Collecting Melville manuscripts or letters is just about impossible. The largest collection by far was the Bradley Martin collection, but here the arrangement of the sale and other factors were a handicap. First was my concern for John Marr and Timoleon, which came up first, in the event I got them for far less than I was prepared to pay. But I was also interested in Melville's Bible, the last Melville lot, after the manuscripts, and so I needed to reserve funds for that. In the event, I underbid it. The best letters, Melville's correspondence with Richard Bentley, was lotted as one group, which I knew I could not afford in any event. As the sale neared, it became clear that two different groups of dealers were going to attempt to buy the letters and then market them individually. My best chance to secure some good letters, therefore, was to join one of those consortiums and then negotiate my share in letters. In fact, I was invited by both blocs to join their team. I joined the wrong one. As it turned out, both groups posited a top bid of $150,000. In the event, the bid was against us and we underbid. Such are the vagaries of auctions. I did buy two individual letters and have privately acquired another since then.

I have had more luck with the Melville family than Herman himself when it comes to manuscripts. I've been able to acquire a number of manuscripts relating to his relatives, including a memorandum by his sister, Augusta, on family excursions in the summer of 1852, which illuminates some obscure biographical points; other family correspondence in which Herman is mentioned; his father's manuscript exercise book from 1796; and some of his father's business papers. All of this might seem far afield, but it is all fodder for devoted Melvillians. Recently I was able to add a collection of prints which had belonged to Melville. These will be published in an upcoming Harvard Library Bulletin. While few of the prints are very notable, it does tell us a good deal about his interests in visual material, something of considerable scholarly investigation, these days.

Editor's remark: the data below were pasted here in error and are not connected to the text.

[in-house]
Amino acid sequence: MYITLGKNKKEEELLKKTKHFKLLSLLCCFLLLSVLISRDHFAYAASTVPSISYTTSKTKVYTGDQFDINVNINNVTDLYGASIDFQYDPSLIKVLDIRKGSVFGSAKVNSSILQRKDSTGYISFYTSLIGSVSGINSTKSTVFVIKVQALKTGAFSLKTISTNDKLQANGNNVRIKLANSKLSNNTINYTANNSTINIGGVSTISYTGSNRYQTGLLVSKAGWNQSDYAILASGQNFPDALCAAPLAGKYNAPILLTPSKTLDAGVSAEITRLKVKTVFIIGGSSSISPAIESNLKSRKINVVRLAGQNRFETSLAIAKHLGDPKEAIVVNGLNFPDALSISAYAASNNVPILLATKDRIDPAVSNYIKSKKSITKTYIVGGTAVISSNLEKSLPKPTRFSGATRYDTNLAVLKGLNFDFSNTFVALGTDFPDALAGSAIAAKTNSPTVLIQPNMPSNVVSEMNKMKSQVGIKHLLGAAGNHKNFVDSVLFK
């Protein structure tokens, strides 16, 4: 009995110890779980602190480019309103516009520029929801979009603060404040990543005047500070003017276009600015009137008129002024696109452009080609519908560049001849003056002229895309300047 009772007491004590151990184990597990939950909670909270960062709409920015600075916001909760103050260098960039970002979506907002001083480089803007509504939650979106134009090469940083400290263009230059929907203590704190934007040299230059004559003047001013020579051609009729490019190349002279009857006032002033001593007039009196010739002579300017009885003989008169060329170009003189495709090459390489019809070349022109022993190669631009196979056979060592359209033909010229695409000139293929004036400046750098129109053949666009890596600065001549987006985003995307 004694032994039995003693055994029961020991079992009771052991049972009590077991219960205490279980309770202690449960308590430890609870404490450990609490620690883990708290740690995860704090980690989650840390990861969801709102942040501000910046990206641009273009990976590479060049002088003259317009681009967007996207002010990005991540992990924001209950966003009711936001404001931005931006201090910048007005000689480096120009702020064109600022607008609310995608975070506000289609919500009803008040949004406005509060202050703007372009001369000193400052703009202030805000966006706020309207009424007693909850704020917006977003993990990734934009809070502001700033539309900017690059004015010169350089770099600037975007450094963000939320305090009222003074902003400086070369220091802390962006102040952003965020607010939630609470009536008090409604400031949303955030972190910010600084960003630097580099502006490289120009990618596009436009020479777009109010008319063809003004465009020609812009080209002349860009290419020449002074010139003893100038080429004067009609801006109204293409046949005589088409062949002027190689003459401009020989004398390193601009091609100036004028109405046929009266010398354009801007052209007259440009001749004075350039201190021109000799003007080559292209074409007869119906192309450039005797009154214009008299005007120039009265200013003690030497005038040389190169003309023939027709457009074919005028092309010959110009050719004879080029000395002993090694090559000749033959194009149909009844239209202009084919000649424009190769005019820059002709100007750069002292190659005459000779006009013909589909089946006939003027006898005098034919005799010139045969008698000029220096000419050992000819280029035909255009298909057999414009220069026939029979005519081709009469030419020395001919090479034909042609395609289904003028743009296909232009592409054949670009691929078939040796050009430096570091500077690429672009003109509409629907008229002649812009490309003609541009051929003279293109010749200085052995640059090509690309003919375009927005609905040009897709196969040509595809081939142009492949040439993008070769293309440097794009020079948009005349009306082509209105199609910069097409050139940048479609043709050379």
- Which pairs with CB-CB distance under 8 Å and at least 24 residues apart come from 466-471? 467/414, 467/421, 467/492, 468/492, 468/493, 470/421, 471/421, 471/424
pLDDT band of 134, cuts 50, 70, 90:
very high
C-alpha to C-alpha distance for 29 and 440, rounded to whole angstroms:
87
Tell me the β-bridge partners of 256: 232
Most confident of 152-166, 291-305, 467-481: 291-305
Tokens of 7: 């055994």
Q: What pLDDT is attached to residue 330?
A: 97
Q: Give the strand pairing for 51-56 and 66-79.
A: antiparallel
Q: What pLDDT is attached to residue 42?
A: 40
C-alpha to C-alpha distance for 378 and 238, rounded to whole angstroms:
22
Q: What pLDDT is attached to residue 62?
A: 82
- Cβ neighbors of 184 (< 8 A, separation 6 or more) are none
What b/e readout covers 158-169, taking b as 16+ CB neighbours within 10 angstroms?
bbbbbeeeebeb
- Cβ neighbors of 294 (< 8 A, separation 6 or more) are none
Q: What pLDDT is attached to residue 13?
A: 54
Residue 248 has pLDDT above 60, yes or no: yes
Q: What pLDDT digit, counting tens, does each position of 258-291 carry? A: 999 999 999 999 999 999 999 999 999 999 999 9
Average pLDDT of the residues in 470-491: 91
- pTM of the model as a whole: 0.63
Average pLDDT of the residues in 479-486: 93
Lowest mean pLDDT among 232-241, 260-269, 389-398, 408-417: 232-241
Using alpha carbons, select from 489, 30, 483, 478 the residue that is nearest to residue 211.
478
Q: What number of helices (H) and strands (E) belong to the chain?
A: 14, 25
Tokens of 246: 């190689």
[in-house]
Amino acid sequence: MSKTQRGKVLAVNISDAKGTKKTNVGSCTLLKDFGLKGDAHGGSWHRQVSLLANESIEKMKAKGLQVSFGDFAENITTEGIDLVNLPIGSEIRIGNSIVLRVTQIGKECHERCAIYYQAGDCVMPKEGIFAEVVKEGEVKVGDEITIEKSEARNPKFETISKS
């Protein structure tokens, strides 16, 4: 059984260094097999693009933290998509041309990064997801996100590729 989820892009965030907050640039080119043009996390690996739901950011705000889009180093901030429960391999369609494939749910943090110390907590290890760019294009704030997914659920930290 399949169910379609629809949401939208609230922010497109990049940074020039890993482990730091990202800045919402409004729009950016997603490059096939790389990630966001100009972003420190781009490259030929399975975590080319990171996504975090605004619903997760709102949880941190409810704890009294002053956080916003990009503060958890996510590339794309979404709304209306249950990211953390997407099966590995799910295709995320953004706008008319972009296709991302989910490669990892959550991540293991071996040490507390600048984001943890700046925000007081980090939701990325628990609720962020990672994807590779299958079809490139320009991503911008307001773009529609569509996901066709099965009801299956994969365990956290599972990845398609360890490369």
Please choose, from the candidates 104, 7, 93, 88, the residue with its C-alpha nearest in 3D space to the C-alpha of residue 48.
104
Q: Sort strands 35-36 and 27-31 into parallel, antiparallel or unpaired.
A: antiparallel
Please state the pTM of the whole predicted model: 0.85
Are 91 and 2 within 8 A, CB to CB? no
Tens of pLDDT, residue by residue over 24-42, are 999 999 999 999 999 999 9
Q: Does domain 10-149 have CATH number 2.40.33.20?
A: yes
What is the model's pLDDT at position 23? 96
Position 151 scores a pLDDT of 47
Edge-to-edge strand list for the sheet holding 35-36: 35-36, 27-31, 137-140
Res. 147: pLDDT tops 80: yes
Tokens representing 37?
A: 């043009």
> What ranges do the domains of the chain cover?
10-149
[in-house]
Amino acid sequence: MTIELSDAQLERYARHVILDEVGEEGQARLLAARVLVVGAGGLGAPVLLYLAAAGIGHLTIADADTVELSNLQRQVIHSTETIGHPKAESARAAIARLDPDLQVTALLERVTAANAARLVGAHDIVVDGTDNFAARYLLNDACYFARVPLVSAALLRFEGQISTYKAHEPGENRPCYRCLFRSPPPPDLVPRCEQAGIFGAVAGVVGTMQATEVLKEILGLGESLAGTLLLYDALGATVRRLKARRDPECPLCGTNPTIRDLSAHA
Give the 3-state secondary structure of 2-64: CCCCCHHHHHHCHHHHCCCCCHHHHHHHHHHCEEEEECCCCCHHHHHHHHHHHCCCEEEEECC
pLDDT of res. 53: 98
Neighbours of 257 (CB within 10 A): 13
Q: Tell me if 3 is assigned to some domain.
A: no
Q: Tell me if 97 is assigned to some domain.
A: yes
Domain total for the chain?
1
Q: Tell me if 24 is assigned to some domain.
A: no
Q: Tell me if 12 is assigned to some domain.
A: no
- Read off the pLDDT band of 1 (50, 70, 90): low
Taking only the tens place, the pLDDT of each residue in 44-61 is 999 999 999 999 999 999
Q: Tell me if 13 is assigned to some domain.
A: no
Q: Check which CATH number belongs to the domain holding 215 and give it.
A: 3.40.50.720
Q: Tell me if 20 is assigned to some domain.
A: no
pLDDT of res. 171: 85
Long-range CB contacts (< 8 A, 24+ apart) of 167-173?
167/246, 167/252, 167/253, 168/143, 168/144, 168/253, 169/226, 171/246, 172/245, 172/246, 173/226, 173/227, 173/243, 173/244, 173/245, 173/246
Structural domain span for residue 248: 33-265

Finally, and less expensively, there is the vast literature of Melville studies and Melville enthusiasm, ranging from the biographical and critical works, to Rockwell Kent plates and comic book versions of Moby-Dick. I even have the movie poster for the Ray Bradbury and John Huston adaptation of Moby-Dick.

One of the pleasures of collecting Melville has been getting to know the scholarly community who study him, a pleasantly obsessed group of people. I am fortunate in having sufficient material of interest that they want to come see me - running a very small private research library is one of the most enjoyable aspects of book collecting. Although I now have all Melville's works in first editions, numerous collecting opportunities still beckon. No doubt books from Melville's library will continue to turn up. I am particularly interested in finding other editions besides the first, since this gives a picture of how Melville was read by other cultures and readers not contemporary with his first appearances in print. I know of such interesting printings as the first German editions of Typee and Omoo, which appeared shortly after the English ones, but I have never seen them available for sale. The secondary literature provides a happy playground for years. And then one can always contemplate something really big - the actual dedication copy to Hawthorne of Moby-Dick, or even the manuscript of one of the books. After all, it was not long ago that The New York Public Library was able to acquire the only surviving part of the manuscript of Typee, along with a number of important letters. As Melville wrote to Hawthorne, "As long as we have anything more to do, we have done nothing...Leviathan is not the biggest fish;- I have heard of Krakens."